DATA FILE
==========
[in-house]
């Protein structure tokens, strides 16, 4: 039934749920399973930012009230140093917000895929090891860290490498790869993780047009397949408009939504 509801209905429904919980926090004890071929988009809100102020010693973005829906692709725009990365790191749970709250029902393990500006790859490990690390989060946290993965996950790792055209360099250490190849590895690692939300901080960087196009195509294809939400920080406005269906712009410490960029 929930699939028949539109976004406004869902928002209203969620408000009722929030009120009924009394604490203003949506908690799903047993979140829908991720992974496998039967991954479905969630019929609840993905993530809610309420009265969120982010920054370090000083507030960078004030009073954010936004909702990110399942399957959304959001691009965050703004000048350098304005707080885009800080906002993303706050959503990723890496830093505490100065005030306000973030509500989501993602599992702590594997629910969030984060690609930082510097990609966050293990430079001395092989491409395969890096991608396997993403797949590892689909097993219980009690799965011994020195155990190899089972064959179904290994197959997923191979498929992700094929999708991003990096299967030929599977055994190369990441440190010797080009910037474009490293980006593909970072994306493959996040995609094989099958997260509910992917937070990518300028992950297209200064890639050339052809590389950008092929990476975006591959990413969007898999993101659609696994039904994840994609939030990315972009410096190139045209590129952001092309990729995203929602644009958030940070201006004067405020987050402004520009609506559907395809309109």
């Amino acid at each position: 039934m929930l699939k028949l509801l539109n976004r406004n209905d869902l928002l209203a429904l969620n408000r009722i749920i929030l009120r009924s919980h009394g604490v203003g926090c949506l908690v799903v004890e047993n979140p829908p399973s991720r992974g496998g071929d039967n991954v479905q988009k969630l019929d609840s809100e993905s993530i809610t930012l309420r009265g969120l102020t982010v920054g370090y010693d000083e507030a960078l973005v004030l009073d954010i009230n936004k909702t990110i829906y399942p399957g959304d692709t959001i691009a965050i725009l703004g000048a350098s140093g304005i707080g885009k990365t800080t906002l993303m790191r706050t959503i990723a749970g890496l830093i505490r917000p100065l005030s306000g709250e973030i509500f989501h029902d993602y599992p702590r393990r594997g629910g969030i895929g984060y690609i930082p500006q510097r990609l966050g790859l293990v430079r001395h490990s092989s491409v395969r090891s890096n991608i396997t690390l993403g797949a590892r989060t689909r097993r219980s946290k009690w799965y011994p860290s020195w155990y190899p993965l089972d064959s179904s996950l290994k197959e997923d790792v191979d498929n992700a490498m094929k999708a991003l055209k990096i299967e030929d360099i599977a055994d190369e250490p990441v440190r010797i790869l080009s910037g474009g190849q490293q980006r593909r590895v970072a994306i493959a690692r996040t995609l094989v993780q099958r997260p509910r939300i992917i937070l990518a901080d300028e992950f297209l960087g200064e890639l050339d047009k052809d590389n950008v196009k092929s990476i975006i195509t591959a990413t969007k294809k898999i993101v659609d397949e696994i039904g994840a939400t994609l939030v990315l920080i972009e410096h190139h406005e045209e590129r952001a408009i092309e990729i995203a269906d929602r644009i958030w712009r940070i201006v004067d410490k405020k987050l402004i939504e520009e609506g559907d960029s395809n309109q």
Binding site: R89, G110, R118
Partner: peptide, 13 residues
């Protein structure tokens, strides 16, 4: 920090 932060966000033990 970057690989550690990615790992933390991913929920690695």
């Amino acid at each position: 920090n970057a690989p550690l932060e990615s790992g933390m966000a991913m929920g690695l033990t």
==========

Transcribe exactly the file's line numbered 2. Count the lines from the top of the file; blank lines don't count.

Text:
């Protein structure tokens, strides 16, 4: 039934749920399973930012009230140093917000895929090891860290490498790869993780047009397949408009939504 509801209905429904919980926090004890071929988009809100102020010693973005829906692709725009990365790191749970709250029902393990500006790859490990690390989060946290993965996950790792055209360099250490190849590895690692939300901080960087196009195509294809939400920080406005269906712009410490960029 929930699939028949539109976004406004869902928002209203969620408000009722929030009120009924009394604490203003949506908690799903047993979140829908991720992974496998039967991954479905969630019929609840993905993530809610309420009265969120982010920054370090000083507030960078004030009073954010936004909702990110399942399957959304959001691009965050703004000048350098304005707080885009800080906002993303706050959503990723890496830093505490100065005030306000973030509500989501993602599992702590594997629910969030984060690609930082510097990609966050293990430079001395092989491409395969890096991608396997993403797949590892689909097993219980009690799965011994020195155990190899089972064959179904290994197959997923191979498929992700094929999708991003990096299967030929599977055994190369990441440190010797080009910037474009490293980006593909970072994306493959996040995609094989099958997260509910992917937070990518300028992950297209200064890639050339052809590389950008092929990476975006591959990413969007898999993101659609696994039904994840994609939030990315972009410096190139045209590129952001092309990729995203929602644009958030940070201006004067405020987050402004520009609506559907395809309109």